FAYETTEVILLE, Ark. (KNWA/KFTA) — A Centers for Disease Control study reported a 10% increase in stimulant prescriptions for adults during the first year of the COVID-19 pandemic and general increases among a variety of age groups.

Stimulants are most commonly used to treat ADHD.

Melissa Danielson, a statistician with the CDC, said it was a large increase, something that hadn’t been seen before in prior years of data.

The issue is reflected in Northwest Arkansas, where pharmacists are continuing to see shortages of medication. Medical Arts Pharmacy in Fayetteville has been dealing with the shortages for months. Julie Stewart, a pharmacist at Medical Arts, said it’s hit or miss each day on whether they will have Adderall or generic Adderall.

“Some days we may happen to get one strength that is available in one or two bottles. The next day, nothing is available,” Stewart said.

According to Stewart, the increase may be attributed to more virtual at-home work and learning. She said people are overstimulated by their devices.

Dr. Marti Sharkey, the Fayetteville City Health Officer, said the local increase in prescriptions could have been due largely in part to more virtual schoolwork, which would lead parents to get their children tested for the attention disorder.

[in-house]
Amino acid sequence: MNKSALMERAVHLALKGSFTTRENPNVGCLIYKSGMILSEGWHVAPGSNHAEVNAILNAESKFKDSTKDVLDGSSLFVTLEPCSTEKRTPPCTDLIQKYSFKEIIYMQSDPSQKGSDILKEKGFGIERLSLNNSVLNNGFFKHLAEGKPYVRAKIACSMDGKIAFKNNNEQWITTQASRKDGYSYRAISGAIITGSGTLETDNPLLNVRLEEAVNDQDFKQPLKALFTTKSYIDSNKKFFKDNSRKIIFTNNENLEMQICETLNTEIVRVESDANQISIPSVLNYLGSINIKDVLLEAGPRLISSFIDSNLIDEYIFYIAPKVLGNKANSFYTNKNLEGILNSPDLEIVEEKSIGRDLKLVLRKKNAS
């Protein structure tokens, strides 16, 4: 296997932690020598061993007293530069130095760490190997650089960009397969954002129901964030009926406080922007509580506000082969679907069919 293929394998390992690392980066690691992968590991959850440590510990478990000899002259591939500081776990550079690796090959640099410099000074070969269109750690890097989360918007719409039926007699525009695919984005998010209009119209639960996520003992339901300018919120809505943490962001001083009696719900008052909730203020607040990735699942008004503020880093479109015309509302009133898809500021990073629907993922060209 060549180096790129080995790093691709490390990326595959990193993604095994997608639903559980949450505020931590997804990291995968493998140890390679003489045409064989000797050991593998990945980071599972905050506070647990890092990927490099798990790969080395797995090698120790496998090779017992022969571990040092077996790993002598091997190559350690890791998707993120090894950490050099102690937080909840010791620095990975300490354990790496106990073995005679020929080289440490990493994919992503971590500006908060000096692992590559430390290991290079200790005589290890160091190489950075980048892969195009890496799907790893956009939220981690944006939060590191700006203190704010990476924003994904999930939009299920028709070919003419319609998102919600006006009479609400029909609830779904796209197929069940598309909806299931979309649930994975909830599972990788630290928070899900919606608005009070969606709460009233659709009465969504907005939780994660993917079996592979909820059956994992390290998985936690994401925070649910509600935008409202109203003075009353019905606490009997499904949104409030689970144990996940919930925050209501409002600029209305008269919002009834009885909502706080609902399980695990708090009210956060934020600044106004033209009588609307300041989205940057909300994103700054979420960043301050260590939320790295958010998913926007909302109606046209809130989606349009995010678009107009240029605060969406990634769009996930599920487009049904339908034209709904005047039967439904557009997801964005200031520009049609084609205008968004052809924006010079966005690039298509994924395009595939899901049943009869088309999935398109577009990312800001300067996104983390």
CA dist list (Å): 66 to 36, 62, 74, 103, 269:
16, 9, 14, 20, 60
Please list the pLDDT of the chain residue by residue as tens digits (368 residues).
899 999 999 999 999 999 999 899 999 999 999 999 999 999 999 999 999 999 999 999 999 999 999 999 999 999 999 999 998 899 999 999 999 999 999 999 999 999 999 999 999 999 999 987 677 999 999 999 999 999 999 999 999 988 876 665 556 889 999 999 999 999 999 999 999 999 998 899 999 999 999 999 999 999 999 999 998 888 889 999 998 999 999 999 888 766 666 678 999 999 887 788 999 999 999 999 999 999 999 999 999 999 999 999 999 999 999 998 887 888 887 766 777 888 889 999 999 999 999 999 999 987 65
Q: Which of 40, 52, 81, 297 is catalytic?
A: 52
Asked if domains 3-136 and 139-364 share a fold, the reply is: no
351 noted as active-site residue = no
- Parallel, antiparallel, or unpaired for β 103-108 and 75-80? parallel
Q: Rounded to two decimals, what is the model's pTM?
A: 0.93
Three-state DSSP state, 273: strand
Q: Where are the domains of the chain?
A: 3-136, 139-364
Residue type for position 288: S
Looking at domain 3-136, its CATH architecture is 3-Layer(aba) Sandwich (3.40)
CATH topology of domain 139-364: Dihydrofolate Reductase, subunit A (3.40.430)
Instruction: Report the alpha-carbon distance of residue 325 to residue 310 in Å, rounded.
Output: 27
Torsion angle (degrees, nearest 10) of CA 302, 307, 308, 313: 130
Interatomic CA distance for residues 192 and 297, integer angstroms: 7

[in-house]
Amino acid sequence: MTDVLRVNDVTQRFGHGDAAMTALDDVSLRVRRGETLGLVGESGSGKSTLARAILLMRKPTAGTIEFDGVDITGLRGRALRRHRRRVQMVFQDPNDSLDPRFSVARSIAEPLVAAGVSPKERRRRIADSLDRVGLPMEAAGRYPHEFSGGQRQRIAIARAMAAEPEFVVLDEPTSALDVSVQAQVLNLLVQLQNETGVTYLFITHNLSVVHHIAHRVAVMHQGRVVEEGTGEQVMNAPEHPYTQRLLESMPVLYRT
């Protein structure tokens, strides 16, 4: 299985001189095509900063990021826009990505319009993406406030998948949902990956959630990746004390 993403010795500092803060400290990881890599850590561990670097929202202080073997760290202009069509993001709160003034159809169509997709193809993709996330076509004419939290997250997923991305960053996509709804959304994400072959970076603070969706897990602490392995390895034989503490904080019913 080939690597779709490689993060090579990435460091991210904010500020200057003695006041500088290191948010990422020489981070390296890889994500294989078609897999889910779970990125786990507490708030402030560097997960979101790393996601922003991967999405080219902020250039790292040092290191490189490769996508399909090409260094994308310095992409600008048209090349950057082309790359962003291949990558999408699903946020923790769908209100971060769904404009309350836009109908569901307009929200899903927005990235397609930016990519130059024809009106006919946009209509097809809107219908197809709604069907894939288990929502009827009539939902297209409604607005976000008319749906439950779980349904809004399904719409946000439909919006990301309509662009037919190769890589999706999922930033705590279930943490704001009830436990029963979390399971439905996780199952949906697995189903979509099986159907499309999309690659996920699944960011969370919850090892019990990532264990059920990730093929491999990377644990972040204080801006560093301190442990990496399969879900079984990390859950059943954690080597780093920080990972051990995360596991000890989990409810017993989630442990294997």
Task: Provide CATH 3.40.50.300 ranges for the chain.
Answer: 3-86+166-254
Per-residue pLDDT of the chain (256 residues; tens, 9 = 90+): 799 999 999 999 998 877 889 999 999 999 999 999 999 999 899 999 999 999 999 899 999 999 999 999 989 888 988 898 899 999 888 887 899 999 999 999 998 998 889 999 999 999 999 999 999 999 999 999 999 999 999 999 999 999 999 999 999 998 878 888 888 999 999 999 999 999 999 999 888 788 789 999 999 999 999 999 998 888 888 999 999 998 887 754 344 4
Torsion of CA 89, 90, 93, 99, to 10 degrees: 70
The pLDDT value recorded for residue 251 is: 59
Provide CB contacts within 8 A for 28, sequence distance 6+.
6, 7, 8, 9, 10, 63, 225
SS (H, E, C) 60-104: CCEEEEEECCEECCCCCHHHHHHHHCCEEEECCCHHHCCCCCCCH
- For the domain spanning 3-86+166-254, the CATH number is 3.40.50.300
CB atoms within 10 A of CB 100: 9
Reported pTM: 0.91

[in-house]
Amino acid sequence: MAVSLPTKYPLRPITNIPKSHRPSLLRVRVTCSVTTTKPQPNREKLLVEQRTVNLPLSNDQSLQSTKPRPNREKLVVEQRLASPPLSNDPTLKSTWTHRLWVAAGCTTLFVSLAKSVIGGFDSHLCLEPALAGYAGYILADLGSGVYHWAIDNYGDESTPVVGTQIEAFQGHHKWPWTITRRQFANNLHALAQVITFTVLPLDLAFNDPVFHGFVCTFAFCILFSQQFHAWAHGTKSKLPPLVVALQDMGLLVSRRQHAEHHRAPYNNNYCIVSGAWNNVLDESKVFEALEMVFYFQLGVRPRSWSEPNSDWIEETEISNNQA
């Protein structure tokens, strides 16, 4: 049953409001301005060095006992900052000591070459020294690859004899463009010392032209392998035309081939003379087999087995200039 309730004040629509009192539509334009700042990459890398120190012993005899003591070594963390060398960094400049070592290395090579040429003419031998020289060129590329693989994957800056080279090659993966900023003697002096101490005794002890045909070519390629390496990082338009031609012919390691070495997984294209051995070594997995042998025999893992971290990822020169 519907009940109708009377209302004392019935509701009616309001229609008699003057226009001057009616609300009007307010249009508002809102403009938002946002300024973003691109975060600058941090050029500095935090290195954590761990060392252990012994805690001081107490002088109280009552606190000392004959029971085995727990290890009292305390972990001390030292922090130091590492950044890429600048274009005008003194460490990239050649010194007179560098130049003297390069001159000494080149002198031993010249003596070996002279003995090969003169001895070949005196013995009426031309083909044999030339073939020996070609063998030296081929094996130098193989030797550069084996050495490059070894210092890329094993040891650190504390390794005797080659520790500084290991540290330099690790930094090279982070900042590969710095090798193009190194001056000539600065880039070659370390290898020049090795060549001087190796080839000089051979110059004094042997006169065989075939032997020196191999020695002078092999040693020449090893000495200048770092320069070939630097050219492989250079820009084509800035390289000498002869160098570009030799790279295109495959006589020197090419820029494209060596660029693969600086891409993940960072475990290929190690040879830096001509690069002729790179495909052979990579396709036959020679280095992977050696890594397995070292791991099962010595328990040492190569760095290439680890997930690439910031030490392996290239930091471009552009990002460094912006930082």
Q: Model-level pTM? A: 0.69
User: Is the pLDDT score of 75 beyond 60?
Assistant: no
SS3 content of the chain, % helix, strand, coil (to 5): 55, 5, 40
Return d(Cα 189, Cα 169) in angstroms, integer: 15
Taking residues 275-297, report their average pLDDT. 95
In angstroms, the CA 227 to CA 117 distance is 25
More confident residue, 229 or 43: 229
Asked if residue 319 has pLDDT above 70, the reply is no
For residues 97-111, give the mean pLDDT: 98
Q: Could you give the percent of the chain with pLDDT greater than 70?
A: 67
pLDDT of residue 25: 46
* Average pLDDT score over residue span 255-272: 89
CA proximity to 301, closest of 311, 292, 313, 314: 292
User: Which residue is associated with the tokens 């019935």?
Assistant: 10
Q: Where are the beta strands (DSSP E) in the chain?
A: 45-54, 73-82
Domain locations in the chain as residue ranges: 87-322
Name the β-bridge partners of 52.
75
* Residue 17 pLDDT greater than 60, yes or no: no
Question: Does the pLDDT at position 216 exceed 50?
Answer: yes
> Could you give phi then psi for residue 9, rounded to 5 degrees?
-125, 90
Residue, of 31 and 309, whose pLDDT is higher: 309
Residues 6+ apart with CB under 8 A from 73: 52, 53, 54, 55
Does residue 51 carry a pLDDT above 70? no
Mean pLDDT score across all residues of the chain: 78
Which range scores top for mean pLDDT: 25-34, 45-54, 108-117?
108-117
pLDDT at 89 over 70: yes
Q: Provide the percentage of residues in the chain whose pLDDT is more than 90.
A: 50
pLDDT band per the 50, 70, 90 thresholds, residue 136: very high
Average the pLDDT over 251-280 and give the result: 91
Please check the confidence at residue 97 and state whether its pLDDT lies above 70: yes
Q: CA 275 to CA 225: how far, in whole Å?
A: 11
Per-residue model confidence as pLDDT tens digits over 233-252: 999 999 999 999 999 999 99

“We saw an increase in parents realizing that what teachers had been telling them about their child was true when they started having to teach them at home. And they were like, ‘Oh, my child really is struggling to pay attention,'” Sharkey said.

Another possible reason, according to Sharkey and Stewart, is an increase in telehealth services. Doctors were able to prescribe medications virtually to patients, making it quick and easy for a diagnosis.

To help address stimulant shortages, Dr. Sharkey said more manufacturing is needed, which will mean bringing manufacturing from overseas to North America.

She added increasing the amount of medication a pharmacy can get will be important. Sharkey said the DEA limits some of those since they’re controlled substances.

A concern for Sharkey if the shortages continue is people will resort to illegal stimulants. According to Sharkey, there have been reports of fake Adderall laced with deadly fentanyl.

According to Danielson, this increase in stimulant prescriptions shows how prevalent ADHD is.

“The pandemic situation may have allowed people to realize, ‘Oh, I have these symptoms. Maybe I should get evaluated for ADHD,'” Danielson said.

The 10% increase in stimulant prescriptions was reported among women aged 15-44 and men aged 25-44. However, there were general increases among various age groups.